Endocrine Abstracts (2006) 11 P2

Does adrenal function influence bone status in primary hyperparathyroidism? Preliminary results in a large series of patients at the time of the diagnosis

L Gianotti, F Tassone, A Pia, P Razzore, F Cesario, G Magro & G Borretta


Division of Endocrinology and Metabolism, S.Croce & Carle Hospital, Cuneo, Italy.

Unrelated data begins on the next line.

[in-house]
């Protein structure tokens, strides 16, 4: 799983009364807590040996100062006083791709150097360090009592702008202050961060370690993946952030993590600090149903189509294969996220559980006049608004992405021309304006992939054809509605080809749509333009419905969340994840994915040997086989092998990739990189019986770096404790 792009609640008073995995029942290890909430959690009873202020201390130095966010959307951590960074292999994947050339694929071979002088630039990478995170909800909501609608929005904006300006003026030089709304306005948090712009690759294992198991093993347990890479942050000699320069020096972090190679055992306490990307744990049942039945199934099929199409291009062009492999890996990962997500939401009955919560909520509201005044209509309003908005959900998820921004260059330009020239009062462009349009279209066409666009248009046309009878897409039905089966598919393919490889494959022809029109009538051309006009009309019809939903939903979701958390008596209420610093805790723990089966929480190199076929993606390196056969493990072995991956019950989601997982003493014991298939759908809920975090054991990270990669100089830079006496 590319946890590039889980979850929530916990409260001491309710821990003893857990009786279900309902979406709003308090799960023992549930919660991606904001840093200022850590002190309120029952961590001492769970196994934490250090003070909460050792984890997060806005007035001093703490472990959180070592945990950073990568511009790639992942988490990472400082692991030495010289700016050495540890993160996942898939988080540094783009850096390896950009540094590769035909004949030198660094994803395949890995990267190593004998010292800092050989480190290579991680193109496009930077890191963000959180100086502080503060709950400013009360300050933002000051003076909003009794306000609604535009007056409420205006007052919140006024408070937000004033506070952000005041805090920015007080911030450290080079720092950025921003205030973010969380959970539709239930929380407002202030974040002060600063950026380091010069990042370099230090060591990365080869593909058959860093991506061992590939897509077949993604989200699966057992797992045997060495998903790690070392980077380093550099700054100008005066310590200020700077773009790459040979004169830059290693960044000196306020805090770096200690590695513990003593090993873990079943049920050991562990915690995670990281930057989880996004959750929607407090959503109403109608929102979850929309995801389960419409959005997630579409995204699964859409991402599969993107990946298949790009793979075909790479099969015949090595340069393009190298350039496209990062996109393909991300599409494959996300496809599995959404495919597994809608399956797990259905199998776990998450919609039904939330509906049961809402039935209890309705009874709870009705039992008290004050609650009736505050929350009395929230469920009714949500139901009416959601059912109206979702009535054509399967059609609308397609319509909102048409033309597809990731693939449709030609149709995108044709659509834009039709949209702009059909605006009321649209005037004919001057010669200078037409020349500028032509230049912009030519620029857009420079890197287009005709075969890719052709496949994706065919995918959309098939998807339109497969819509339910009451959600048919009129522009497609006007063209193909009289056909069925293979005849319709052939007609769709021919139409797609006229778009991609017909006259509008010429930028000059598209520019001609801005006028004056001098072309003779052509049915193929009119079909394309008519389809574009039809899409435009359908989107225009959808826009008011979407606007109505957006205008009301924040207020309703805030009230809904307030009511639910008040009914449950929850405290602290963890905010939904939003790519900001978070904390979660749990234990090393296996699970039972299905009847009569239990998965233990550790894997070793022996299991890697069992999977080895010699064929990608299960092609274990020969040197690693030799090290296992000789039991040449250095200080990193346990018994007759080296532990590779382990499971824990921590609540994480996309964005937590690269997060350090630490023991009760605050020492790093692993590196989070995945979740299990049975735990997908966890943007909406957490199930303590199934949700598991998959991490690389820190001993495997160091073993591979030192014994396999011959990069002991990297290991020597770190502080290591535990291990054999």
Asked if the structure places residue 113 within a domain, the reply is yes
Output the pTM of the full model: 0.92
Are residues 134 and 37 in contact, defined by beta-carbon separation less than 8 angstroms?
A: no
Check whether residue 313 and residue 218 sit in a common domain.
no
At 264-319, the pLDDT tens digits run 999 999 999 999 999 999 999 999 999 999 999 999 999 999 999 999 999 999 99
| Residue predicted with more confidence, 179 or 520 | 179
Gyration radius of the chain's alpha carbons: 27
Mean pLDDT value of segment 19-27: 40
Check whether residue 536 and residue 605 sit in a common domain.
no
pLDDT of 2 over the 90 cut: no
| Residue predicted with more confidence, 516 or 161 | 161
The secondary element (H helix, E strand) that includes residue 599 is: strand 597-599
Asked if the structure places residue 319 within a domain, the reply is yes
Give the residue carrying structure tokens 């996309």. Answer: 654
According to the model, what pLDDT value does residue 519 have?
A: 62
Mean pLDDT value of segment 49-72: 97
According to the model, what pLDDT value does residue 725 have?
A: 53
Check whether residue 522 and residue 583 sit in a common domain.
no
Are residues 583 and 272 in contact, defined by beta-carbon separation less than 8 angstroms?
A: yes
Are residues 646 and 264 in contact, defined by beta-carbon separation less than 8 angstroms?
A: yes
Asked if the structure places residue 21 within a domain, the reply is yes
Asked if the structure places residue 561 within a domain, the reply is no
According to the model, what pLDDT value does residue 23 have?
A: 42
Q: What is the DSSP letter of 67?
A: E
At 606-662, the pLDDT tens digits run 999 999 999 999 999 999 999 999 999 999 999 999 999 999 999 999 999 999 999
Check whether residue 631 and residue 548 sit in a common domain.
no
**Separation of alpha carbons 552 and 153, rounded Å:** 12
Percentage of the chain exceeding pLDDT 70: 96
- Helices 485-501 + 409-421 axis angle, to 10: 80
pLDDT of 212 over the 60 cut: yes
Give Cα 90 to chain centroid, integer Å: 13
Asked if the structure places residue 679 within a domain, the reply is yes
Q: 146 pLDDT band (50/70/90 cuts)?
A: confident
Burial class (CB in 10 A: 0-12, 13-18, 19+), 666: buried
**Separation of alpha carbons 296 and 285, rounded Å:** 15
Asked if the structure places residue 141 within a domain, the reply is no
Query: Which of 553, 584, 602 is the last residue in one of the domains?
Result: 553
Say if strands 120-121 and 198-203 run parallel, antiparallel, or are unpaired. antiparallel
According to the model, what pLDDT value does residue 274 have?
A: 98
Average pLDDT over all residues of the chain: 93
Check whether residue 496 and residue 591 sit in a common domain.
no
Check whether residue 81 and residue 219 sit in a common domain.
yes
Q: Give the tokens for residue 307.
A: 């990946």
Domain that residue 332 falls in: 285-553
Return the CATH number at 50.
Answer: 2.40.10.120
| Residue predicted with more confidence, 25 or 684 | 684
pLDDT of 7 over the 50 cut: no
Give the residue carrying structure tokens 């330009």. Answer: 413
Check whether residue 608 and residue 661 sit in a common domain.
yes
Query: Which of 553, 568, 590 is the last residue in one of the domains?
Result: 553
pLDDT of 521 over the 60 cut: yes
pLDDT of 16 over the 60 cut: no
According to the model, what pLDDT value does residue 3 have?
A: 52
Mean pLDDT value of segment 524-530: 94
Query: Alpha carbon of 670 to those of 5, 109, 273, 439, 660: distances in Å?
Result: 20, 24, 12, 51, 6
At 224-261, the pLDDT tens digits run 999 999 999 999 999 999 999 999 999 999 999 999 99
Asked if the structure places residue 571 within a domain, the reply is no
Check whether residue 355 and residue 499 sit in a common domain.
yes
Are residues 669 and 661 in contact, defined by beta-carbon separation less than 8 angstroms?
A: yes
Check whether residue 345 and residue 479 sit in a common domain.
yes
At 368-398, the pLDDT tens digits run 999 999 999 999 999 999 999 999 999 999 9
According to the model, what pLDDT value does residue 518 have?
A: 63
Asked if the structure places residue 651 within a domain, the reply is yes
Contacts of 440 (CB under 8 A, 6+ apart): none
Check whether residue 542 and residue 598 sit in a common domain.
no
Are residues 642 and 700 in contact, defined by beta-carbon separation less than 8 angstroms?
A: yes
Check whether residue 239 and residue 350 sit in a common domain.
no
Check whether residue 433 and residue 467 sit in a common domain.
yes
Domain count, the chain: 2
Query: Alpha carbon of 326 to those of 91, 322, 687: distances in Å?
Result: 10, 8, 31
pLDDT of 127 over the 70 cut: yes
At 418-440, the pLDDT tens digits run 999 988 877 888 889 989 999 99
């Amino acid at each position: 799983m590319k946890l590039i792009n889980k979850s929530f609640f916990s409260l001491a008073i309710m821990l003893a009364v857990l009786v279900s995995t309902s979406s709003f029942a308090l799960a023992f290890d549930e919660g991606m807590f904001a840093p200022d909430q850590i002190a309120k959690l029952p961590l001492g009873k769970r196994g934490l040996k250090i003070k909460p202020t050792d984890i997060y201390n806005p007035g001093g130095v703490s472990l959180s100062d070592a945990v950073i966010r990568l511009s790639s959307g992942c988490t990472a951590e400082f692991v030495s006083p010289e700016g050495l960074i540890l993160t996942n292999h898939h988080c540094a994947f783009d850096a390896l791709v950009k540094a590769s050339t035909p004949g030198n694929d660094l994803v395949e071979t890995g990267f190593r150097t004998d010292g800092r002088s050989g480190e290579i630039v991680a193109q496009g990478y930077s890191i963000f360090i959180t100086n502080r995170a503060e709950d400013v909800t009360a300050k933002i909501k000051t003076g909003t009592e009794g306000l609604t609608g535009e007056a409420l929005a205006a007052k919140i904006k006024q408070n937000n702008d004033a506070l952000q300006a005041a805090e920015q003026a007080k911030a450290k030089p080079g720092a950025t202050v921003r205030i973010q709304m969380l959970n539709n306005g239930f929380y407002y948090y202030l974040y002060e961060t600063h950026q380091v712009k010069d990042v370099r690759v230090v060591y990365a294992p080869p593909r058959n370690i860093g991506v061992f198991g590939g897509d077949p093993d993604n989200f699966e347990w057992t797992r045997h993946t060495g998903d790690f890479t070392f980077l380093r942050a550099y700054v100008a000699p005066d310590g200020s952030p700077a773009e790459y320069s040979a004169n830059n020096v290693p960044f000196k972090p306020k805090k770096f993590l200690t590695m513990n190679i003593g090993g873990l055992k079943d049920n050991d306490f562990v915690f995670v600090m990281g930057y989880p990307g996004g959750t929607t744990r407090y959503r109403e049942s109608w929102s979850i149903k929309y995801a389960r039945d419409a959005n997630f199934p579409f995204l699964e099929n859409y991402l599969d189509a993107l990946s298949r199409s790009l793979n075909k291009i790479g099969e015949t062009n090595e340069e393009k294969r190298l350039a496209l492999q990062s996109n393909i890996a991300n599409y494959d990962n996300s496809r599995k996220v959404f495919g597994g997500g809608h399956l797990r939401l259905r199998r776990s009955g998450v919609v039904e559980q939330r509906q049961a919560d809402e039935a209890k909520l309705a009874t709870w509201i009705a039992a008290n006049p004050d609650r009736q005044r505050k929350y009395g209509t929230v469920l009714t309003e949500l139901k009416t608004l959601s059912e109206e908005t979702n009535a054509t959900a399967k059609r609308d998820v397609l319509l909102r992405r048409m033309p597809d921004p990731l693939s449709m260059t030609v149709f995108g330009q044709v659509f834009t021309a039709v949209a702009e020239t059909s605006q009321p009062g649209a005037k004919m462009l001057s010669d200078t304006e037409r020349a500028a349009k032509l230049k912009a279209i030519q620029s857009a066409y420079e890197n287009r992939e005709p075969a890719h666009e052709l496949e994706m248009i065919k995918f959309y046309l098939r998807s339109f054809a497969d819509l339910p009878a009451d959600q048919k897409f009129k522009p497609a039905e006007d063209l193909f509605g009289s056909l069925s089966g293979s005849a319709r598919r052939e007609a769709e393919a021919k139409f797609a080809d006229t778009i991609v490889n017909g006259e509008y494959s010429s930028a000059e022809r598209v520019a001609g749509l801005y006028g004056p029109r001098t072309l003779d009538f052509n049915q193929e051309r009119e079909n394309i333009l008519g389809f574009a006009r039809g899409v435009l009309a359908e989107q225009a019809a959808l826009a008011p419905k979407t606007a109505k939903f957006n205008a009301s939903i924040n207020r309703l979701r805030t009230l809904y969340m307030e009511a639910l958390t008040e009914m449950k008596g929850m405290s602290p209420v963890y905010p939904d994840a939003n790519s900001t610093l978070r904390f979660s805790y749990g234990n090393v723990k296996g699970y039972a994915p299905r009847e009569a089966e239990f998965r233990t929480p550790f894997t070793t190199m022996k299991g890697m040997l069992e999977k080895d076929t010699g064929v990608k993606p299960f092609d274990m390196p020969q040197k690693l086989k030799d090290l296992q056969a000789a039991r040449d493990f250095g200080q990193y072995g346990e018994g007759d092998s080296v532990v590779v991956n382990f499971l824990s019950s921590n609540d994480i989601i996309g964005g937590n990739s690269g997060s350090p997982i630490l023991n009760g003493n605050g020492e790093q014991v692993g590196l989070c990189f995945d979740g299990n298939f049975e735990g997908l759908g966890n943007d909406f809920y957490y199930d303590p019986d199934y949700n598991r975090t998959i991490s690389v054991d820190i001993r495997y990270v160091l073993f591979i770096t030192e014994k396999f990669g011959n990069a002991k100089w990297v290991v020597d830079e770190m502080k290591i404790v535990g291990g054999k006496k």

PTH has been reported to enhance steroid secretion in vitro from human adrenocortical cells and some reports indicate an increased cortisol secretion in patients with PHPT that normalizes after surgery. Thus, the possible stimulatory effect of PTH on cortisol secretion could contribute to the impairment of bone status in primary hyperparathyroidism (PHPT). The aim of this study was to evaluate the relationship between parameters of adrenal function, bone metabolism and density as well as biochemical indices of PHPT in a group of consecutive patients at the time of the diagnosis, referred to us from 1993 through 2004. In 191 patients (age, mean±S.D., 60.1±13.2 yrs; F/M 145/46, BMI: 25.8±4.8 kg/m2, symptomatic/asymptomatic: 91/100, PTH: 235.6±200.1 pg/ml, total Cas:11.2±0.09 mg/dl, Cas++:1.5±0.01 mMol/l) morning and midnight ACTH and cortisol levels, urinary free cortisol (UFC), osteocalcin (OC), total and bone ALP, urinary cross-links (XL), DXA at lumbar spine, total femur and forearm were evaluated. Univariate analysis with Spearman rank correlation test was performed. Mean levels of morning and midnight ACTH and cortisol as well as of UFC were in the normal range. Bone markers were all increased; osteoporosis (T score <−2.5 DS) was diagnosed in 67.6% of PHPT patients, mostly at lumbar spine and forearm level. PTH negatively correlated with morning ACTH levels (P<0.02) while it did not correlate either with morning or midnight cortisol levels or UFC. Negative correlations (P<0.05) were found: a) between morning cortisol and femoral BMD, b) between midnight cortisol and radial as well as femoral BMD. The morning/midnight cortisol ratio showed positive correlation with radial T and Z scores, while negatively correlated with total Cas. In conclusions, our findings indicate some relationship between ACTH and cortisol secretion and PTH/calcium levels in PHPT. They also show a clear association between cortisol levels and bone impairment, particularly at cortical bone. All together these findings suggest a potential role of cortisol secretion in the pathogenesis of bone impairment in PHPT.

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